Friday, April 3, 2009

Hockey Sticks How To Choose The Right One

Hockey sticks, where would a hockey player be without them. That's right, next to skates every player needs one. You just can't play the game without a stick. So, do you just head down to the sports shop and pick up any old one? An uneducated person would say yeah, who cares? It's just a stick right? Wrong. Hockey sticks come in many shapes and sizes. To the naked eye, it would appear that they are all shaped the same, but if you look at the curvature of the blade you will begin to notice some differences. Some are geared towards different types of shooting. Hockey blades come for a variety of different types of players. They have blades for slapshots. They have them for players who are excellent puck handlers and there are hockey blades for wrist shots as well. It all depends what you think is your best asset. So as you can see, this post will talk about information on all the different types of hockey sticks.

Would you like some hockey gear info on sticks? Well good, because that is the information that I will be writing about today. If you want to play hockey, then you have got to have a stick right? Sure you do. What kind of stick do you need? Well that is up to the type of player you are. You need to ask yourself these questions. Am I fast player? Do I have a hard slapshot? Am I a finesse player?

If you are a slower player, possibly on defense, you may want to try a wooden stick. These sticks are heavier than other kinds and they cost the cheapest. Defensive Players usually don't have the sharpest of stick handling skills, so they don't need a super light hockey stick. They are more tailored towards trapping the player and clearing the zone. Their hockey gear should reflect that.

Fast players and finesse players have a little more options when it comes to stick choices. They can go with fiberglass, graphite, or aluminum. I always used fiberglass myself, even though that is the heaviest of the three choices. Aluminum felt way too light the first time I tried it. I probably didn't give myself enough time to train and get used to it. I just didn't like the feel of it. Fiberglass is heavier than aluminum, but lighter than the wooden sticks. It felt like a good comfortable weight to me. The cost is more expensive than wood with these 2 sticks, but you have the option of changing your blade when it dulls down.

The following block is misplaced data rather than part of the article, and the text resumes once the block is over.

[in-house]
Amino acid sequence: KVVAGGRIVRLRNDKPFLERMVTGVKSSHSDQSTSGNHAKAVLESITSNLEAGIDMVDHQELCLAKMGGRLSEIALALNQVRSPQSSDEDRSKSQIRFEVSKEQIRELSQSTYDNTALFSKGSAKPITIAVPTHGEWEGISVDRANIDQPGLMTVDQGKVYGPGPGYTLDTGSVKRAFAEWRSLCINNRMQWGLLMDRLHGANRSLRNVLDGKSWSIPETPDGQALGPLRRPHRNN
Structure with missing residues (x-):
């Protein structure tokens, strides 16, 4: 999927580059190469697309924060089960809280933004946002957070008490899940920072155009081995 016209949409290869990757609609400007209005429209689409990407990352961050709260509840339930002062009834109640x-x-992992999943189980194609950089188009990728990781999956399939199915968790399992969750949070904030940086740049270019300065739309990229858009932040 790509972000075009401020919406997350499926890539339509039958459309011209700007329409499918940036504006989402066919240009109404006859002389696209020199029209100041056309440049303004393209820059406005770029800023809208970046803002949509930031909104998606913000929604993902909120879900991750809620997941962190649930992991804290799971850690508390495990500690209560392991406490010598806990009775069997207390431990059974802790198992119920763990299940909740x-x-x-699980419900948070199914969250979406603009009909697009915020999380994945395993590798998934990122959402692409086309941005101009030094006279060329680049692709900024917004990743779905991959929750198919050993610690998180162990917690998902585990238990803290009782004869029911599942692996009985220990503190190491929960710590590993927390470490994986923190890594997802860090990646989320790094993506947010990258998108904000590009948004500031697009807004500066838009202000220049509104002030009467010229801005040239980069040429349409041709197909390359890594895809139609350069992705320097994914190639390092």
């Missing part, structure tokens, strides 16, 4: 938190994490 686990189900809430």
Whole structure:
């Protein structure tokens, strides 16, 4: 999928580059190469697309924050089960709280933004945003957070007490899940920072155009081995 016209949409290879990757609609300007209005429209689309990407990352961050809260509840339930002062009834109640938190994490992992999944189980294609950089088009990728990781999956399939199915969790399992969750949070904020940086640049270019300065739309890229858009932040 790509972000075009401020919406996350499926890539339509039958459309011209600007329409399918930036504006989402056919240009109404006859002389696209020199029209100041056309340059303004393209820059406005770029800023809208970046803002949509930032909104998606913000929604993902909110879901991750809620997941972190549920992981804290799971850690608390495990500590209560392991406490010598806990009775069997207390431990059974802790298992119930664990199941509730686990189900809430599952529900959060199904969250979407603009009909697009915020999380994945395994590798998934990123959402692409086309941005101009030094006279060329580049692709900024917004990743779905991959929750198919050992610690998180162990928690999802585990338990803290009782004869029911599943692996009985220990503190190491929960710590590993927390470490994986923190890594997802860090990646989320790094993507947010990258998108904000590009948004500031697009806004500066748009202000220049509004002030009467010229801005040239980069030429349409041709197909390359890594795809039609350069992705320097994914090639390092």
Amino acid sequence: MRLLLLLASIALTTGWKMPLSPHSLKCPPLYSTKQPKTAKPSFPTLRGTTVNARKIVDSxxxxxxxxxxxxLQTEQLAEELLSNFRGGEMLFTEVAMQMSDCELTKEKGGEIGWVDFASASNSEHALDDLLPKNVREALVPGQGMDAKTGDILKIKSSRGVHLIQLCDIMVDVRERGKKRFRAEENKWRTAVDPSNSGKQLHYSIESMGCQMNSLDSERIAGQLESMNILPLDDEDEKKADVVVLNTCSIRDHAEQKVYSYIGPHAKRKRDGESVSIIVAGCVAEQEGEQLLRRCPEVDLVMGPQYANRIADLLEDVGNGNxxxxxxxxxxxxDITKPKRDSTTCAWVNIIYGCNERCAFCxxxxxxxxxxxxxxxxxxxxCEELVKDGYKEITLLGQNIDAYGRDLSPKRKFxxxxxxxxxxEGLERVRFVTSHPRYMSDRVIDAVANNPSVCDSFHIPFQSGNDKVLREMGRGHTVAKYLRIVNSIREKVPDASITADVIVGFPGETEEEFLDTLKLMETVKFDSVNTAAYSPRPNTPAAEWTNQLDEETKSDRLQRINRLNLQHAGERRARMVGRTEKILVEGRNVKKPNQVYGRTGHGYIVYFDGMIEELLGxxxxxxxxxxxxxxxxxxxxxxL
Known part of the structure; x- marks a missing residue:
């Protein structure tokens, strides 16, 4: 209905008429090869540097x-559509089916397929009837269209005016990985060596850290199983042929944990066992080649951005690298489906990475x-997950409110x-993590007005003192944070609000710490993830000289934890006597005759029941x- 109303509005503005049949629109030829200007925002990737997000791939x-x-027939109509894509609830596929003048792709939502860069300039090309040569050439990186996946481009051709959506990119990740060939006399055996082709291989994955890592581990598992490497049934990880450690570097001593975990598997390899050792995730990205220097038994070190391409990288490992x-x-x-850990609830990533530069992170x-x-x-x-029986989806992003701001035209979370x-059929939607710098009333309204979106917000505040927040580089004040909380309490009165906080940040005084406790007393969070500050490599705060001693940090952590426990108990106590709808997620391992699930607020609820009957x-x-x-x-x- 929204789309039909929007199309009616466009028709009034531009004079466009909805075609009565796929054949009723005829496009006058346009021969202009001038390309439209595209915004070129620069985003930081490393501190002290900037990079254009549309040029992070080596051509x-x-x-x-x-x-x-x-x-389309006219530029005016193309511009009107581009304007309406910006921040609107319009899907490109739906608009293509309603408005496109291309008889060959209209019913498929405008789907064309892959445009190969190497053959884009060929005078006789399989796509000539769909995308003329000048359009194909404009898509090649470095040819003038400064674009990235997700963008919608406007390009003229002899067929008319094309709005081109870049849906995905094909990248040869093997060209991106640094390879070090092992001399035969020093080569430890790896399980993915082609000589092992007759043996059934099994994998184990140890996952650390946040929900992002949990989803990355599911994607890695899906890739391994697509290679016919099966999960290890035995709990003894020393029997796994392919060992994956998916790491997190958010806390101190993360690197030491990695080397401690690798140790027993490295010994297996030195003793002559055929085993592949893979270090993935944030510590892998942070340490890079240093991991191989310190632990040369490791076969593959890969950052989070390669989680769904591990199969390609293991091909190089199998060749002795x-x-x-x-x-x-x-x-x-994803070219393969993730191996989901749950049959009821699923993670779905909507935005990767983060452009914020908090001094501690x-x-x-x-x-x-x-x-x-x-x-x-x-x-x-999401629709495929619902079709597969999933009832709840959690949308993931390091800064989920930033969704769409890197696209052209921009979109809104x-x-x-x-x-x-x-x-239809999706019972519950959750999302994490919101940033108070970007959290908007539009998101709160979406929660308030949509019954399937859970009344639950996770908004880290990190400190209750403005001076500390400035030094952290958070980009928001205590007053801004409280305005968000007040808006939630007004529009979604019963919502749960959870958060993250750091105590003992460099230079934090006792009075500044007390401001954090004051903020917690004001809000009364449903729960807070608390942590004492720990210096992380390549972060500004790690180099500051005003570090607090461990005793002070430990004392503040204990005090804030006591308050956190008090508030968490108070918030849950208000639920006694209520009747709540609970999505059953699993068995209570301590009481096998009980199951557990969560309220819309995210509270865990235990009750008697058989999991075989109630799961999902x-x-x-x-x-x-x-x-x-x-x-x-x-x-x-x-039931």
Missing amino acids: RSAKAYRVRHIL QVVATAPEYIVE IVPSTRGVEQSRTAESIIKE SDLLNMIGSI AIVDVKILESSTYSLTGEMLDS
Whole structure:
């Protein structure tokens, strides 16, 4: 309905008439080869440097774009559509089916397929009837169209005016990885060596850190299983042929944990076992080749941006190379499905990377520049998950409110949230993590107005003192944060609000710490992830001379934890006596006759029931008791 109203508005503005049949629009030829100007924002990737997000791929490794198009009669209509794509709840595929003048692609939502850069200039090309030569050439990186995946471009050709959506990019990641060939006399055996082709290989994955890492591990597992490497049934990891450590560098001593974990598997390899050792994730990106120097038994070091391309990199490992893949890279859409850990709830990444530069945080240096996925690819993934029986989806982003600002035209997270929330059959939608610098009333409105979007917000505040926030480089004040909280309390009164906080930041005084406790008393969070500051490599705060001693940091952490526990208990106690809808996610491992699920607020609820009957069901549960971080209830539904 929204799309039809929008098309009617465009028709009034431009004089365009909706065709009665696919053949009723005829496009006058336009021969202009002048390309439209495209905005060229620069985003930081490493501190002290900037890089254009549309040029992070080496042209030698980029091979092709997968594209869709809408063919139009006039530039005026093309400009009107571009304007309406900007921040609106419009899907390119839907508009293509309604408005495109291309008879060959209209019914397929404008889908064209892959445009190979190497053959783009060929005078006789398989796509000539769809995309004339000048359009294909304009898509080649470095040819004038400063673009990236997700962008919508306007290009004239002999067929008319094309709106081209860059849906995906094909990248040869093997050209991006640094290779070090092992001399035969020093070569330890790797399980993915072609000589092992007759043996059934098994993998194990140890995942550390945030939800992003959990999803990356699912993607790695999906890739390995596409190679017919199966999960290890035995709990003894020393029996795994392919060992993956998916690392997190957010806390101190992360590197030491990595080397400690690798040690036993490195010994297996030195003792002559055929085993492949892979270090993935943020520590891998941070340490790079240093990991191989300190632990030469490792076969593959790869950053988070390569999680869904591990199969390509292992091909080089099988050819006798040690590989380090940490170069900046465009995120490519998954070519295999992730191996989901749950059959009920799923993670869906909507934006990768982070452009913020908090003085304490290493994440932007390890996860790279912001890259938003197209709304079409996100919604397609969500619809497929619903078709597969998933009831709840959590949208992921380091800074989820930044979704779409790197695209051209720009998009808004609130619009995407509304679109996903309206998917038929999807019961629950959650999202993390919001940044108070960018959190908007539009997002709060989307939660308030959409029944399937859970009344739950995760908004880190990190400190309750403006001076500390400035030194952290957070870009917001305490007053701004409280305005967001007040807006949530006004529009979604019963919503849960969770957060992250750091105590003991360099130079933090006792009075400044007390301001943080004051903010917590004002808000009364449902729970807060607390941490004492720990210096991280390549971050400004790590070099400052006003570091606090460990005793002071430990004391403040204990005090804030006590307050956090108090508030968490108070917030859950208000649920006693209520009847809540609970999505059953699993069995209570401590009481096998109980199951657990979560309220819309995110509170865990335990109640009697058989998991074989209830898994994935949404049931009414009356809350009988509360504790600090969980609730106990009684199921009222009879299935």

Lastly, is graphite. I have no experience with this type of hockey stick. They come in one piece sticks, just like the wooden ones. The difference is that graphite hockey sticks can be extremely light weight. The lighter they are, the more the price goes up. They are supposed to be really strong though.

I didn't mention the replacement blades that can be used on some of these sticks. Personally, I always bought Koho replacement blades, because they were easily available at the local sports store. They were also relatively cheap. Every now and then I would come across an easton blade for the same price. Easton blades were pretty good too. The thing with blades is, they have to have enough glue. The best piece of hockey gear info i could give you regarding blades are that to make sure you look at the amount glue on the end before purchasing. Remember, one of the most important pieces of your hockey equipment is your hockey stick.

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